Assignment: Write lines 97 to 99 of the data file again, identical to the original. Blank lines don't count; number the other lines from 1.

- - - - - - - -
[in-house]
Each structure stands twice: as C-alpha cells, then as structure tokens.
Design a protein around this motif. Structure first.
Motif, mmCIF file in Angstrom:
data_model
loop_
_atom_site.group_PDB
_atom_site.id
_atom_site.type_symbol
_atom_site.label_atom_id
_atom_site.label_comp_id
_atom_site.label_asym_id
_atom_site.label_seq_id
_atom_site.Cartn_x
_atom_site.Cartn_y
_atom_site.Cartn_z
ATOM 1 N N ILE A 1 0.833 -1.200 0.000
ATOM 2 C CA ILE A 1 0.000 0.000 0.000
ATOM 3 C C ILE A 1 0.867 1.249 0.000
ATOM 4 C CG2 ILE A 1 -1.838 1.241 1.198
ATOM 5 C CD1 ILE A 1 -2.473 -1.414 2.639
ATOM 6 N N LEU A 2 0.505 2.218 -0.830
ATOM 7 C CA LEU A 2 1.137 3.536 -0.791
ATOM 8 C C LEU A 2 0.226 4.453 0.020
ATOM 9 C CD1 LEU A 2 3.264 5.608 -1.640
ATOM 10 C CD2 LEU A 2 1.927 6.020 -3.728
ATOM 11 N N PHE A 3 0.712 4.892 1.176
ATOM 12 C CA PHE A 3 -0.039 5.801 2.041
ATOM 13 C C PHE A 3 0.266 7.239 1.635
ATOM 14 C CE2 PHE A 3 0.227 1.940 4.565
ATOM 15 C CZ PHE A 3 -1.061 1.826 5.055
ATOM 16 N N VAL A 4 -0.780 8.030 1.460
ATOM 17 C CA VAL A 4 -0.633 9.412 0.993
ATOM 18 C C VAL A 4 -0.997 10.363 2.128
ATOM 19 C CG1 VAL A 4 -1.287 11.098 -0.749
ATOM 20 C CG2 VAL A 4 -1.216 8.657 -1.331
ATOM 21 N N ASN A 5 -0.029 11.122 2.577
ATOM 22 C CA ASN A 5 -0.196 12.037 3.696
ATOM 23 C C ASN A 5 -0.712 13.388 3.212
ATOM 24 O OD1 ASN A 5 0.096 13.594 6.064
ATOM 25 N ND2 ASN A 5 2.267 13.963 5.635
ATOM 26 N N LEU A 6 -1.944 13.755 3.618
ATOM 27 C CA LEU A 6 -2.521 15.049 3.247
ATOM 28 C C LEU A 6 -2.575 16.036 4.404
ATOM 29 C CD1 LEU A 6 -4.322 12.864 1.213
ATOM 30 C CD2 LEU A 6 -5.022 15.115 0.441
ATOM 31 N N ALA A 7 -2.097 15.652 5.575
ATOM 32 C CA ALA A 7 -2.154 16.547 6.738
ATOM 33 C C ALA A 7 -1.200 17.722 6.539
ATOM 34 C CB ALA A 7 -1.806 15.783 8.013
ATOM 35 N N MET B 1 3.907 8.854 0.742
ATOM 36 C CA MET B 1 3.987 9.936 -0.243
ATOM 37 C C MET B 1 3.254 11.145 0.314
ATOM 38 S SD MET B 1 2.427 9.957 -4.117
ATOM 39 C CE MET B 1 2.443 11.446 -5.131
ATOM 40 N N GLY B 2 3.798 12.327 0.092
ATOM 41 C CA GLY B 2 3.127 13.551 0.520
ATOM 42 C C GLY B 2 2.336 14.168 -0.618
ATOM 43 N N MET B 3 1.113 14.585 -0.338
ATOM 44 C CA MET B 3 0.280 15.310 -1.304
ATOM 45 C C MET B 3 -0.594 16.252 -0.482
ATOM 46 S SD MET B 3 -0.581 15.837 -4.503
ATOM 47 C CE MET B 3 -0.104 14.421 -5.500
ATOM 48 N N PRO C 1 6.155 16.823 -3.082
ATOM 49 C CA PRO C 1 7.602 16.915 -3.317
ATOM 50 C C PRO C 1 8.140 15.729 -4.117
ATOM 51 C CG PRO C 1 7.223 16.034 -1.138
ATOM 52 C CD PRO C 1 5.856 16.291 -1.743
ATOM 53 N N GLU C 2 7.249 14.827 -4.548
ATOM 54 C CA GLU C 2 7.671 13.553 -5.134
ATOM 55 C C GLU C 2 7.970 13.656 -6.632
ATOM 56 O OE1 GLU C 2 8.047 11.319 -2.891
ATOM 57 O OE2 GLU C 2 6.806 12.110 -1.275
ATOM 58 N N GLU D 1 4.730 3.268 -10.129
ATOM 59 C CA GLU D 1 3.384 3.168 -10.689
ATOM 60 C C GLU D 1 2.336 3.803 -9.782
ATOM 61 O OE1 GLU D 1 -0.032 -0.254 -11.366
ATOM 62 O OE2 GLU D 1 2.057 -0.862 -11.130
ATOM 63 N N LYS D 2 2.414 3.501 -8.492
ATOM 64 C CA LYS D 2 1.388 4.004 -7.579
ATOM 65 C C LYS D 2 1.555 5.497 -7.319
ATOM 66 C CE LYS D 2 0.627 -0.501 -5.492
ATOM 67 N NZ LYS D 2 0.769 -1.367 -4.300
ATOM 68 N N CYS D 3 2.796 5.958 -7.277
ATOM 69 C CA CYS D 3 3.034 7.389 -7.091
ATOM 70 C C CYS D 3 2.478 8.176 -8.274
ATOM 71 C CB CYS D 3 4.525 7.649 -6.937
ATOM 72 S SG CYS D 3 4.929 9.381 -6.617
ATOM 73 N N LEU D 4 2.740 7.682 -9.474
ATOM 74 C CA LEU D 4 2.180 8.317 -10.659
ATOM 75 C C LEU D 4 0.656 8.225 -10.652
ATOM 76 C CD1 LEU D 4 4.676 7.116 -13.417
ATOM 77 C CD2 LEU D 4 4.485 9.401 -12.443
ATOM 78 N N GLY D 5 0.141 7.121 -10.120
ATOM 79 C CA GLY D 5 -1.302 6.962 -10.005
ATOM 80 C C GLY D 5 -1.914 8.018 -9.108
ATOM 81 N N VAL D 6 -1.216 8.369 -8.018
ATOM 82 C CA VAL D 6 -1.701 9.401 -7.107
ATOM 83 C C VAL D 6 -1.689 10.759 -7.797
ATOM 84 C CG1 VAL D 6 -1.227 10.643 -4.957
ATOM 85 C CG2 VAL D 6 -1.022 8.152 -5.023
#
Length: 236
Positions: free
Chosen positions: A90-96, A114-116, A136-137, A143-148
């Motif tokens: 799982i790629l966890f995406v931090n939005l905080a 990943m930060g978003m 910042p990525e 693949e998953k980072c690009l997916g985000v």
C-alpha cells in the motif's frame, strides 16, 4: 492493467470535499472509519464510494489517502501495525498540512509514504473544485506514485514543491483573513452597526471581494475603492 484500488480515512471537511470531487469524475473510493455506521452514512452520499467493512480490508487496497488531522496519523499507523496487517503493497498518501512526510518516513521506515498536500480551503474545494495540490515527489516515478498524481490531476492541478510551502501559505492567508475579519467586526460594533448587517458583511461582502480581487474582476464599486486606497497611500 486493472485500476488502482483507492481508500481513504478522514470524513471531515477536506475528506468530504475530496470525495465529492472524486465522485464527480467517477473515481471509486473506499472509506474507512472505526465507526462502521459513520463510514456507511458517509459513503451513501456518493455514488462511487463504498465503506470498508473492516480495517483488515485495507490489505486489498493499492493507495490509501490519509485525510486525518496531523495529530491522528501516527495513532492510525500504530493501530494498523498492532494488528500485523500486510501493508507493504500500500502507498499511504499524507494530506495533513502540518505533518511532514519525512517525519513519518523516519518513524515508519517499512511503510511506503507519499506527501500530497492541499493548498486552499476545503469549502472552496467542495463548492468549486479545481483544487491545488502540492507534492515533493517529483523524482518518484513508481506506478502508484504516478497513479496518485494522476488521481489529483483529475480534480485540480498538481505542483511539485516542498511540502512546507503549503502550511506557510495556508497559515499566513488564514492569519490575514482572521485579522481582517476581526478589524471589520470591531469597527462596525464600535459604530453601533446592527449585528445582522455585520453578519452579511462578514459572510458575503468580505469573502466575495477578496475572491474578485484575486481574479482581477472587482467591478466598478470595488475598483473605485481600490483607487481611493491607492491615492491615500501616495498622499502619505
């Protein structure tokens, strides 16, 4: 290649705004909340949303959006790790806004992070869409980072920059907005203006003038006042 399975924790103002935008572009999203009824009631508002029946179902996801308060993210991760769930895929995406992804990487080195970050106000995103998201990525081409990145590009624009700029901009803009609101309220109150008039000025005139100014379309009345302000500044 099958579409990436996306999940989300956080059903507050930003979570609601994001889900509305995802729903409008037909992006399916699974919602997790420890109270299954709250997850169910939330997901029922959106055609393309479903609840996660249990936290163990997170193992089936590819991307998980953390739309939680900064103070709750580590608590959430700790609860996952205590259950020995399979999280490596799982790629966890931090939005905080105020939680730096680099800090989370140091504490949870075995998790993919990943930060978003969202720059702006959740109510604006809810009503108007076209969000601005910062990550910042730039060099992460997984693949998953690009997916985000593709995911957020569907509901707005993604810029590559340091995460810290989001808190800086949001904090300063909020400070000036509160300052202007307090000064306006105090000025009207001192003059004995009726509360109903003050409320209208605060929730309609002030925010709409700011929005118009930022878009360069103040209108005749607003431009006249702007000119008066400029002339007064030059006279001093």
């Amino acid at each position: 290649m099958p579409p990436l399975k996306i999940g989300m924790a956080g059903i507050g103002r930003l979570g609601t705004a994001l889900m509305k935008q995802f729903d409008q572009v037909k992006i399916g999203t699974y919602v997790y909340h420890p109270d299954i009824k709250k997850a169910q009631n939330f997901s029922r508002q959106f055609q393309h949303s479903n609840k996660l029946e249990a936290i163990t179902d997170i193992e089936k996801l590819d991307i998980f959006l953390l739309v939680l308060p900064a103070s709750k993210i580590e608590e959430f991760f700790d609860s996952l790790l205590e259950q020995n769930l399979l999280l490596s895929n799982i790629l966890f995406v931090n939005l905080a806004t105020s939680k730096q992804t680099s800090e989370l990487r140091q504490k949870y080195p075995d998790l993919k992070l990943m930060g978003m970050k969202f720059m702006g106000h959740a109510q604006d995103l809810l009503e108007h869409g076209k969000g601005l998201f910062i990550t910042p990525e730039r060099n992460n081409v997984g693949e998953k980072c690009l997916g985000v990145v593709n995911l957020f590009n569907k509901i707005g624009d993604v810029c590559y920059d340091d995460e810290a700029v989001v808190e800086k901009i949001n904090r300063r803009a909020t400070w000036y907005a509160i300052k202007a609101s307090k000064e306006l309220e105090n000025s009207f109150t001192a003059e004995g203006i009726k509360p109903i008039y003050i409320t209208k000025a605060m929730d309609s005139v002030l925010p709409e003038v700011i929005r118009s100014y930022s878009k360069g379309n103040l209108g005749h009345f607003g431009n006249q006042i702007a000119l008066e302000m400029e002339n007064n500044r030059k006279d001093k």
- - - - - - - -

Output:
ATOM 81 N N VAL D 6 -1.216 8.369 -8.018
ATOM 82 C CA VAL D 6 -1.701 9.401 -7.107
ATOM 83 C C VAL D 6 -1.689 10.759 -7.797